Detecting arc faults before they happen
Arc faults are an invisible danger that can have severe and serious consequences. Sean Carroll finds out more about Clipsal’s new device which aims to reduce the chance of electrical fires and how it works.
An arc fault is an unintentional electrical discharge within a circuit which is caused by loose, damaged or corroded wires and terminals. Low-voltage currents that can’t be detected by circuit breakers or residual current devices, over time, generate enough heat to break down the wiring insulation and ignite any surrounding flammable material.
A 2019 study by Macquarie University found that more Australians are killed in house fires each year than natural disasters. In a similar study by the European Fire Academy (EFA), electrical failures, including arc faults, account for 25% of all building fires.
In light of this and countering an issue in the electrical industry today, Clipsal by Schneider Electric has released the arc fault detection device (AFDD) which aims to reduce the chances of fires caused by arc faults.
AFDDs are compact, easy to install and fit into residential and commercial electrical switchboards to protect a single final sub-circuit.
It’s a little bit (but not at all) like that episode of The Simpsons where Homer takes over the fire department, he comes up with the brilliant idea to start putting out fires before they actually happen.
The AFDD monitors for electrical arcs, using a special algorithm to differentiate between normal ones, such as those created when you flick a light switch or pull a plug from an outlet, and potentially dangerous ones. When it detects the latter, it trips the circuit.
Clipsal standardisation manager Gary Busbridge says that the whole point of the device is to shut out the source of the fire very early stage.
“30 years ago, it was RCD safety switches that were the new and exciting development in home electrical safety,” he explains.
“I witnessed how members of the industry gradually became accustomed to offering and installing them. It took about five years for the market to gain confidence in their effectiveness and once it proved itself, became mandatory for power circuits. Over the years, that product has evolved and now covers all final sub-circuits in a home as well as being required in commercial and industrial installations.”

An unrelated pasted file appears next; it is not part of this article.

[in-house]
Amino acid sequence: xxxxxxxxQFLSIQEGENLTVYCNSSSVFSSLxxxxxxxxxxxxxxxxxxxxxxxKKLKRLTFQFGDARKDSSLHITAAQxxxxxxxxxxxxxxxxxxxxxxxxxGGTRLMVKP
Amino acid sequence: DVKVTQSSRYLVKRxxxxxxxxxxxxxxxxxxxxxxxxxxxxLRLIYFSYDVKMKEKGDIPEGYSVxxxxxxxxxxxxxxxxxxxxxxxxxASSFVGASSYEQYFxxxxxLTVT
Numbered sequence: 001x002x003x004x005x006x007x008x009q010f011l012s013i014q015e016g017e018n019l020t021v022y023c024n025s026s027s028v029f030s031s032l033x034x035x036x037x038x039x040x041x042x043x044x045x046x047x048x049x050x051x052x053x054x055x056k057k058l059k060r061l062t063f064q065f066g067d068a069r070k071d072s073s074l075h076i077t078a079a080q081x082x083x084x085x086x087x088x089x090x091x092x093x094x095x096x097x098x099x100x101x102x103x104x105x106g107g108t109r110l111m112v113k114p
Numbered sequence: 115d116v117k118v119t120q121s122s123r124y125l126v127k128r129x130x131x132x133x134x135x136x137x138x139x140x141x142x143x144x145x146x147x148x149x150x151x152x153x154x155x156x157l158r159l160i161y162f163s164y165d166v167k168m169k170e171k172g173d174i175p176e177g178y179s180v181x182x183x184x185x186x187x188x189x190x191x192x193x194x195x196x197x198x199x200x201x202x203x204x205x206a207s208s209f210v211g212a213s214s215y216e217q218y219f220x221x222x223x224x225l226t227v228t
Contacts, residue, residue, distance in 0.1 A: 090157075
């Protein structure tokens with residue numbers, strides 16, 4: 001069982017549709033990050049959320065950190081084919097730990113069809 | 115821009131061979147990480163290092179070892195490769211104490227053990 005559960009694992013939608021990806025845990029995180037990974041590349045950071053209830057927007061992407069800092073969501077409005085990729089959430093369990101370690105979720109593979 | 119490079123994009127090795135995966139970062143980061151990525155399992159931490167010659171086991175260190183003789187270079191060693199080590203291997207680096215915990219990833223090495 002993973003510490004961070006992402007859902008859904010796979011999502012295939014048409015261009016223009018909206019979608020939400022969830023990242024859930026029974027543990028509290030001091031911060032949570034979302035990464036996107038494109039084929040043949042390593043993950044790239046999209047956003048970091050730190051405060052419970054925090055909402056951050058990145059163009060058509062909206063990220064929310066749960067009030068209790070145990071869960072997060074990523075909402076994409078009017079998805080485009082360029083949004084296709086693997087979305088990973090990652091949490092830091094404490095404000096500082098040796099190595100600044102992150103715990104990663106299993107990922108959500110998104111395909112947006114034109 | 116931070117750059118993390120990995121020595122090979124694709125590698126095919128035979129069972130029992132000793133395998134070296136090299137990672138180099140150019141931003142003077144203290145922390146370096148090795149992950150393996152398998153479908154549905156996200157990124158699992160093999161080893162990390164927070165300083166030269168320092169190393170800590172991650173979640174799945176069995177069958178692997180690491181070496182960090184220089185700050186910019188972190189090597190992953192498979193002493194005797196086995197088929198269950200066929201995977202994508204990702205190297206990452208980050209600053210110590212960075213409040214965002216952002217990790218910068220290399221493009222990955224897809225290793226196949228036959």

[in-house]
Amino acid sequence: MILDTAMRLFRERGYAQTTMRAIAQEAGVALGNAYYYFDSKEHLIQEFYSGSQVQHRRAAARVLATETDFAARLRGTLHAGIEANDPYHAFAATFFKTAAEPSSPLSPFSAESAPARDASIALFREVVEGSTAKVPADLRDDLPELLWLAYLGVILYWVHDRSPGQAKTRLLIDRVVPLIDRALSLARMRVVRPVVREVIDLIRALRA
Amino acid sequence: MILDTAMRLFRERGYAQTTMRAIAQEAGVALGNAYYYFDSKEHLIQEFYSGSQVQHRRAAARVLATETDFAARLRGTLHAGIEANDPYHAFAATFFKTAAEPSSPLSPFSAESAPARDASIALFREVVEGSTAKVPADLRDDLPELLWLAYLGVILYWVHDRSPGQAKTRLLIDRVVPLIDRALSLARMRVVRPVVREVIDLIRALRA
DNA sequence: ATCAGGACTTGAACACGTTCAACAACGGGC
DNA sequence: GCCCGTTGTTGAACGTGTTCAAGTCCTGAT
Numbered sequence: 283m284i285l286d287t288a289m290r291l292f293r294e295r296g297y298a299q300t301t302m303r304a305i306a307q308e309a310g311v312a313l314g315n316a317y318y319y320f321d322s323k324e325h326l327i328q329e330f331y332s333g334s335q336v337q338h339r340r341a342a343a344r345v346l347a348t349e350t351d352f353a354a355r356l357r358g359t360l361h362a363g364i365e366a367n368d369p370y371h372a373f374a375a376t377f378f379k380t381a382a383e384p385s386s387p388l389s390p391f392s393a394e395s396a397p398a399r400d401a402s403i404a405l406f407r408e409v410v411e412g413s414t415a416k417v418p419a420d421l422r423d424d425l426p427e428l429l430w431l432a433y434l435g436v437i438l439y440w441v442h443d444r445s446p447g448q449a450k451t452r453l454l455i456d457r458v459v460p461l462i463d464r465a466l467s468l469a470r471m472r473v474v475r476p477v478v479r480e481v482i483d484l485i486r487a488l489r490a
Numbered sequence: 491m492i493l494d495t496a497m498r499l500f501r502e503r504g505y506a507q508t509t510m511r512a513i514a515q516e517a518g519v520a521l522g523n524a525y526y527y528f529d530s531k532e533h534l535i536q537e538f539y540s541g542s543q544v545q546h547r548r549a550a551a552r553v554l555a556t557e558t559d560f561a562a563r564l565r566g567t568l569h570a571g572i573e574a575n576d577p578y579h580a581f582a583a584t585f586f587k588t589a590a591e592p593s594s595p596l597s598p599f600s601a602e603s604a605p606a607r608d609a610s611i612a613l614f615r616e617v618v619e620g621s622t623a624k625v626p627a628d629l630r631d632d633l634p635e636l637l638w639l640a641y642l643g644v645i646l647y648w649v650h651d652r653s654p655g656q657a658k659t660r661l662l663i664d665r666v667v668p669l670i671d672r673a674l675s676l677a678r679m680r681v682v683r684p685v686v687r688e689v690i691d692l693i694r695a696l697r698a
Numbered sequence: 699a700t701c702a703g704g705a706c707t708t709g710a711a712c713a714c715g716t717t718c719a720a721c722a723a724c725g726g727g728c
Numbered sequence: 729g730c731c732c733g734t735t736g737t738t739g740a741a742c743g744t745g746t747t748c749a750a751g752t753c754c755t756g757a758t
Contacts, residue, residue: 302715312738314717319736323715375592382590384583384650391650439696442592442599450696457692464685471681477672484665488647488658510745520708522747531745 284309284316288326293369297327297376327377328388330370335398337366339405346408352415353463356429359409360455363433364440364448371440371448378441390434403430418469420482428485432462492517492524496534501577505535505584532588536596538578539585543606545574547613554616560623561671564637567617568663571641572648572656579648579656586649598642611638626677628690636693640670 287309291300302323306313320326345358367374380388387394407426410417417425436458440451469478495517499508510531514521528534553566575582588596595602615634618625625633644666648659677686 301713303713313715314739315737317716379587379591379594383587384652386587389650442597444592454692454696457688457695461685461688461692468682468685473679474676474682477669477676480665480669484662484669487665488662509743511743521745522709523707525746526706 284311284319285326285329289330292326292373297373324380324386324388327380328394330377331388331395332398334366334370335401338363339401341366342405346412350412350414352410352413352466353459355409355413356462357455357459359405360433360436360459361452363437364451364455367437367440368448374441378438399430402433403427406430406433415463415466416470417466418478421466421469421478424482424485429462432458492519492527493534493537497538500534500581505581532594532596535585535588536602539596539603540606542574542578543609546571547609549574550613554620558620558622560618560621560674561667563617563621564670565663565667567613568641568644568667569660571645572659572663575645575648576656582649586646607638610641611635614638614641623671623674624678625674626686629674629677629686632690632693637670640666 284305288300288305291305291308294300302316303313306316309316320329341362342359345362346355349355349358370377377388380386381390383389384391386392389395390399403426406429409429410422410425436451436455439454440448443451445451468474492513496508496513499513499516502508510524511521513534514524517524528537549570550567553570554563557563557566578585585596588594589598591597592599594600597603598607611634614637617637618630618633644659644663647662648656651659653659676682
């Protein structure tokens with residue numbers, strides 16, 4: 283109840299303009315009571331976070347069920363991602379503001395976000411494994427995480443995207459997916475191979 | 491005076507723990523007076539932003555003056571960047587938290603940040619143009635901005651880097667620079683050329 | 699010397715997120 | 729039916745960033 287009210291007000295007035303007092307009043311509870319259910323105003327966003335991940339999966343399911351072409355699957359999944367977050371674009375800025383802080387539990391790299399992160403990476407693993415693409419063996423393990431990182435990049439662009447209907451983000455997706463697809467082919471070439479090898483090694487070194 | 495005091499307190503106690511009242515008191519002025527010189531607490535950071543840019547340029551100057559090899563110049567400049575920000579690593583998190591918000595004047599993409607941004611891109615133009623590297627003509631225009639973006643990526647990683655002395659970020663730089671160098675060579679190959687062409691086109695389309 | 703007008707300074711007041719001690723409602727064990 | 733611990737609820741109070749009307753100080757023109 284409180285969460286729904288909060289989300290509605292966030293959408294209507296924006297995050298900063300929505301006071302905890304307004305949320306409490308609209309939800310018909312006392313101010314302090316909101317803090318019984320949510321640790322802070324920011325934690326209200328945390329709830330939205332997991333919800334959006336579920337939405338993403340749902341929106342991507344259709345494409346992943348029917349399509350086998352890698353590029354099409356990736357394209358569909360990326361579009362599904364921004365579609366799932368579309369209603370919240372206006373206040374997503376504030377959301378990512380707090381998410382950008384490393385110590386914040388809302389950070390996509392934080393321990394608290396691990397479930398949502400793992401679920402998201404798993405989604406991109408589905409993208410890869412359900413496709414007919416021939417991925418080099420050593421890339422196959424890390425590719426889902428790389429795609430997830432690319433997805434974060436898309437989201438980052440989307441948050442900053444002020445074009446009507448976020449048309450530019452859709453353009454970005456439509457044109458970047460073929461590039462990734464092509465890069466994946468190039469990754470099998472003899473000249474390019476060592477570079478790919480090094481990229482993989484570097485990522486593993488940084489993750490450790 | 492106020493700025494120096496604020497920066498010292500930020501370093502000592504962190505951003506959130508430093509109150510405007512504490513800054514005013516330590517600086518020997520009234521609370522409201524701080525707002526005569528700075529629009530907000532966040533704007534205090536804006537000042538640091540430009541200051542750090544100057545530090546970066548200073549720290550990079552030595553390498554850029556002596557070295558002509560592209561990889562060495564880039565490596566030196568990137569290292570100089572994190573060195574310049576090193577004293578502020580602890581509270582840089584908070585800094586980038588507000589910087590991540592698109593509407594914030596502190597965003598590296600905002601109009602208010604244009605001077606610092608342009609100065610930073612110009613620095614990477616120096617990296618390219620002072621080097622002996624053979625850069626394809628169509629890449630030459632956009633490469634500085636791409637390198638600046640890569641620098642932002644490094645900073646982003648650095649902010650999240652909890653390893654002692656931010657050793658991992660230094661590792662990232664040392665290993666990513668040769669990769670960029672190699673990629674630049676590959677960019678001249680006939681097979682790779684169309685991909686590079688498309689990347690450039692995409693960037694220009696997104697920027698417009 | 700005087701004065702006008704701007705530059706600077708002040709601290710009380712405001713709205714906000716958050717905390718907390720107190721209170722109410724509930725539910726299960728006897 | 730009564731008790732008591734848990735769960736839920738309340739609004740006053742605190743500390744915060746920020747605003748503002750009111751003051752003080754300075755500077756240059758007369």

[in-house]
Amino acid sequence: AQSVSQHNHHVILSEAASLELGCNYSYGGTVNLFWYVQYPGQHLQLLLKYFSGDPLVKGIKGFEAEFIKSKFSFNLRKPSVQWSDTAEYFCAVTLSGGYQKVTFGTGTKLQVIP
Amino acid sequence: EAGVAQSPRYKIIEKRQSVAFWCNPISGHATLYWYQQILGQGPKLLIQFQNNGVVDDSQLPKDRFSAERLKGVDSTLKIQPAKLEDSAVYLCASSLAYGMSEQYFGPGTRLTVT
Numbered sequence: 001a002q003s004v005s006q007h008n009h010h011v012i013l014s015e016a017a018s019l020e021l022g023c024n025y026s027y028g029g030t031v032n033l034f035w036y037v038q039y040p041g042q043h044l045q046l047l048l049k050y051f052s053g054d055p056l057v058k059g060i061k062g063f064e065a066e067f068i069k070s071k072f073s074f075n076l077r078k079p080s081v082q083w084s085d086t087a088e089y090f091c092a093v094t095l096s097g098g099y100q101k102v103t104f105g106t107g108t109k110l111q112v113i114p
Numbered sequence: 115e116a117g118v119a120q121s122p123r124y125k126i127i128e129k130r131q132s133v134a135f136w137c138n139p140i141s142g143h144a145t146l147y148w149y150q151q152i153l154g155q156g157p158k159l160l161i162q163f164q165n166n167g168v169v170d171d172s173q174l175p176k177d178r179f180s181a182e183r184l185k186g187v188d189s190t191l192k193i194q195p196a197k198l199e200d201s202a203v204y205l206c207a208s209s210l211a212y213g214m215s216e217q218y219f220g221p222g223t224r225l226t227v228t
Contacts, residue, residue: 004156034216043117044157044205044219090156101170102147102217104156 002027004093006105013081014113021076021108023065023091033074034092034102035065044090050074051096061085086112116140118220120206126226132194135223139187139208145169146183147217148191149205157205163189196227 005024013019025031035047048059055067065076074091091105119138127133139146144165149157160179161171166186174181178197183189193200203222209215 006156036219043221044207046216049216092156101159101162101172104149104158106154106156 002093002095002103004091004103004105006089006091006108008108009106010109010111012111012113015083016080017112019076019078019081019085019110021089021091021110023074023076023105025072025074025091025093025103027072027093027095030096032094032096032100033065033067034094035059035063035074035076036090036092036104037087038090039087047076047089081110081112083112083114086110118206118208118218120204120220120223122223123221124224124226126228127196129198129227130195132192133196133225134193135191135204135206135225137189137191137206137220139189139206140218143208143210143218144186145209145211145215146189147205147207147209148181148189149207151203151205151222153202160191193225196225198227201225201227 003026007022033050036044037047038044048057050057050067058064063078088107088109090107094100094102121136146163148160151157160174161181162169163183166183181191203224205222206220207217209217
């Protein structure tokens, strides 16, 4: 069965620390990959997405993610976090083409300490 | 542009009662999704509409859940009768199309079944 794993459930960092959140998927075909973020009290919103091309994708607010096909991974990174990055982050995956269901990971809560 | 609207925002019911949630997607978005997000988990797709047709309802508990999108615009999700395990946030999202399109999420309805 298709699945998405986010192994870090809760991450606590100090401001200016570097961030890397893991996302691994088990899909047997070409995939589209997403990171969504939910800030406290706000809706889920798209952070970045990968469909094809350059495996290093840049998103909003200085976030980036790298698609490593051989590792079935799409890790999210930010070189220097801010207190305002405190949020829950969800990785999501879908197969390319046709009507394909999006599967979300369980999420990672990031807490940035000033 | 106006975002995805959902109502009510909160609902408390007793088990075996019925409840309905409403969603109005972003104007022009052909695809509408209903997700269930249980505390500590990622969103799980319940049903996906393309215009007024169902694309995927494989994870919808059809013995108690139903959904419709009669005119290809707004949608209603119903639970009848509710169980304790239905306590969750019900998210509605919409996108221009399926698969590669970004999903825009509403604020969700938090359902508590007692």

He believes that the AFDD is on track to become the next industry standard once more electricians are aware of the benefits and what it does.
“It’s recommended for use in sleeping areas, accommodation, bedrooms and houses,” he says.
Additionally, the devices are critical in places like museums where people need to protect the irreplaceable.
“Use cases are predominantly for domestic for homes, but it can be also work for that commercial application. But because no one really understands them at the moment, people don’t really understand what they can do for a home.
“We were talking to our installers, explaining its usage and how the unit should be a priority for customers.”
Currently, the AFDD is just a recommendation, but there’s thought of having it mandatory in the future. As a no-brainer and positive for end users and electricians, it seems like it’s only a matter of time.
“It needs to be understood by the industry and end users long before we can make it mandatory because no one really understands what they do right now. We must get a market acceptance,” Gary says.
Gary feels that this will likely lead to mandatory application in the future.
“My prediction is that within the next five years the AFDD will have infiltrated the industry and eventually become a new addition to the list of mandatory safety solutions by around 2030.”
He says there is no doubt that an AFDD will help to reduce fires and save lives, but it will need time to prove its value and for those in the trade to acknowledge its efficiencies.
“At Clipsal, we are championing this new device as the gold standard of electrical protection and hopefully through our channel partners we’ll be able to see a swift uptake in the product to help cover more homes and business with more top-level care in the near future.”
This article was first published in late February 2021 and can be found in the Winter edition of Electrical Connection. Given the timing, some information may have changed between now and then.